As both a coder and a writer, Lucido is uniquely attuned to the relationship between language and code. “I was reading Andrea Davis Pinkney’s book The Red Pencil, which was written in verse. And something about the way that she uses tabs and new lines and colons and just spacing in general reminded me of the coding language Python.” It occurred to Lucido that you could use poetry to teach code. That idea inspired her debut middle-grade book, Emmy in the Key of Code (VERSIFY/Houghton Mifflin Harcourt, Sept. 24).

A novel in verse, Emmy in the Key of Code is the story of a girl struggling to figure out where she fits in the world. Emmy’s a Midwesterner in California, a terrible singer in a family of musicians, and the new girl at her school. She feels out of place everywhere except her computer science class, where a kind teacher and a new friend help her explore the possibilities of her new life in San Francisco.

The book tackles some surprisingly technical concepts, but Lucido started with the basic building blocks of Java: public static void main(String args[]). This line of code goes at the top of every Java program, but it takes both Emmy and the reader some time to understand what exactly it means. “I don’t necessarily want the book to teach kids how to code,” Lucido says. “There are plenty of resources to teach kids how to code. But it was important to me that they realize that code isn’t scary, because I think so often we don’t know what code is until we see it.”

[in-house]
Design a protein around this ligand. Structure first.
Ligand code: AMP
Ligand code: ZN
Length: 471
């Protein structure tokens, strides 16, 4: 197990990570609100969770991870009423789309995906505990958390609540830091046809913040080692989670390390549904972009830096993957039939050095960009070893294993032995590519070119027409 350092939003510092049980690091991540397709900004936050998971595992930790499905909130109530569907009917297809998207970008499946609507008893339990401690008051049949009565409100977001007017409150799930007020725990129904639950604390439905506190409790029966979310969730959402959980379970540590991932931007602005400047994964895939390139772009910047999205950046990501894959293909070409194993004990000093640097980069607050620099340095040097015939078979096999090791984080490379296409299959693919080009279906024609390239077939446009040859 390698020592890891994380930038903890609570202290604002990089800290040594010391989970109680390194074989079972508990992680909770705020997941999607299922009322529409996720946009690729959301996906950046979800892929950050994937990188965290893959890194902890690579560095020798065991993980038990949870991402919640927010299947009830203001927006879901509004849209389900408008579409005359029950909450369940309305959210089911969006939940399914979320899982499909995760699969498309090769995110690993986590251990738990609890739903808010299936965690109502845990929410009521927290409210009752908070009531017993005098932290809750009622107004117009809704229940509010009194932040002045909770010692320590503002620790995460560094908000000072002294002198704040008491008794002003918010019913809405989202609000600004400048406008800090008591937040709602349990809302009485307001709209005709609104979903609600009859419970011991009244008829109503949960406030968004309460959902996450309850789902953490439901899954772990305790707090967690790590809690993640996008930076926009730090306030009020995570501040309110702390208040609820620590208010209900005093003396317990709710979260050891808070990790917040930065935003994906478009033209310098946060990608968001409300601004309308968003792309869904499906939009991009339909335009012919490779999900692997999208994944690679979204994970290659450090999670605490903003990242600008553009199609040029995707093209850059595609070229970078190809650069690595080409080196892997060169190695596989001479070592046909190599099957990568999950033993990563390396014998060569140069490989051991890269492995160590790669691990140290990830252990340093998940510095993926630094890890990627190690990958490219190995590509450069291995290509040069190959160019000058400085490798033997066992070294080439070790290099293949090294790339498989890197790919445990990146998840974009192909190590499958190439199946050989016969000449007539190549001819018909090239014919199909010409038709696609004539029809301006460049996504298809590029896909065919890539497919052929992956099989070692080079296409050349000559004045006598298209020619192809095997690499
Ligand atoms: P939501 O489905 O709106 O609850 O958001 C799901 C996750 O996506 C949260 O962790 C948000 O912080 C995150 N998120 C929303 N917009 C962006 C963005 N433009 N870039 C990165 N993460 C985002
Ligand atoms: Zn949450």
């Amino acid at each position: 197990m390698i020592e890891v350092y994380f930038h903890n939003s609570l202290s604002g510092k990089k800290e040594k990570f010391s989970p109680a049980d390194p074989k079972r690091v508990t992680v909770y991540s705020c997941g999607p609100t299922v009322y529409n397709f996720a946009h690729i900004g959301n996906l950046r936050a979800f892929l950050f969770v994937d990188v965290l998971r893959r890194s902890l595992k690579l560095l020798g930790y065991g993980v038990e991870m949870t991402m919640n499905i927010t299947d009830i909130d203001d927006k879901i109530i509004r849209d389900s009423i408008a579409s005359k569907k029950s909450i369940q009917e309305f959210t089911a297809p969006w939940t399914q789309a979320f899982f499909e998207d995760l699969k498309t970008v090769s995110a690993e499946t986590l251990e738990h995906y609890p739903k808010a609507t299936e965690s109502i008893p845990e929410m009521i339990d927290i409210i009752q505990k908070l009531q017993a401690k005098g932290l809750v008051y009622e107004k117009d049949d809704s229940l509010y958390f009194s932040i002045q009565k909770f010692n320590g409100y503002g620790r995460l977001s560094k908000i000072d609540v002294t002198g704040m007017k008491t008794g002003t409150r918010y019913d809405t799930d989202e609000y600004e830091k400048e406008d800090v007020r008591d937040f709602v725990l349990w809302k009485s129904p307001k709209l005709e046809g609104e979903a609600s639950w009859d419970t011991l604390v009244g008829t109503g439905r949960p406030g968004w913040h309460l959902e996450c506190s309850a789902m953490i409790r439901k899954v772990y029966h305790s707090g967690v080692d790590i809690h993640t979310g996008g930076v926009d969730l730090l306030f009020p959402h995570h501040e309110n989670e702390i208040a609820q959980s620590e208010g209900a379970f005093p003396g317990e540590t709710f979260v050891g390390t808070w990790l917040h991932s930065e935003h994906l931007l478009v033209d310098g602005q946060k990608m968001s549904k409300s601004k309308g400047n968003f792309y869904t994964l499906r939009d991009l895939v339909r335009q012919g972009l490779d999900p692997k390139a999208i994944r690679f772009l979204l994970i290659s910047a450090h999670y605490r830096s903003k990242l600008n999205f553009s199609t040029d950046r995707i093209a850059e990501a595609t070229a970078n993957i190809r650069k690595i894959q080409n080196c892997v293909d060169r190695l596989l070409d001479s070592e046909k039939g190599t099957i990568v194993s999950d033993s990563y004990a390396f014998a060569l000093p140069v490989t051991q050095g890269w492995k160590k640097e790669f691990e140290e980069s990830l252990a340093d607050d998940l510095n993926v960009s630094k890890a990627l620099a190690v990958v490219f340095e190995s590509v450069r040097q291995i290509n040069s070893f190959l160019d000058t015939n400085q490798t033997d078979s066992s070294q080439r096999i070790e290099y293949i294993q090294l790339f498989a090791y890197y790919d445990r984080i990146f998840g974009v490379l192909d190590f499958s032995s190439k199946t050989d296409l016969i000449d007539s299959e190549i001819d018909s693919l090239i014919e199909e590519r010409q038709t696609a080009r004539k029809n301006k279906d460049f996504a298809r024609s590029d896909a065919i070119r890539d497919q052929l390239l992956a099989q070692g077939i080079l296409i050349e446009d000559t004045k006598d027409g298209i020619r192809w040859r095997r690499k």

Lucido also wanted to explore the common ground between making art (whether visual, literary, or musical) and coding. “For me, [coding] was always about making things,” she says. “It was about creation.” That attitude sometimes left her feeling like an outsider in the tech world, especially as a woman.

“Sexism is just ridiculous in general, but in tech it always felt even more ridiculous because women started out as the people programming computers,” she says. “It wasn’t considered elegant work. It was considered women’s work.” That history is an important part of the book, as Emmy learns how difficult it can be as a woman in tech and how to rise above the narrow-minded unkindness of others.

Lucido herself refuses to accept conventional wisdom about what’s good or important or even possible, in part because she knows firsthand how that kind of thinking can crush the joy out of something you love. “At the beginning of high school, I kind of stopped reading. And I think that was because, for most of my life, reading was a challenge. It was something that I had to be really good at,” she says. “And so I had to read impressive books, and they had to be really thick, and they had to be really long, and they had to have fancy Russian couldn’t just be reading for fun. It had to be work.”

Lucido has no patience with the binary thinking that so often dictates who can do what, from “girls can’t code” to “writers hate math.” Computers may run on binaries, but as Emmy discovers, life rarely does. “You don’t have to be either computer science or music,” Lucido says. “You can be both.”

Alex Heimbach is a writer and editor in California.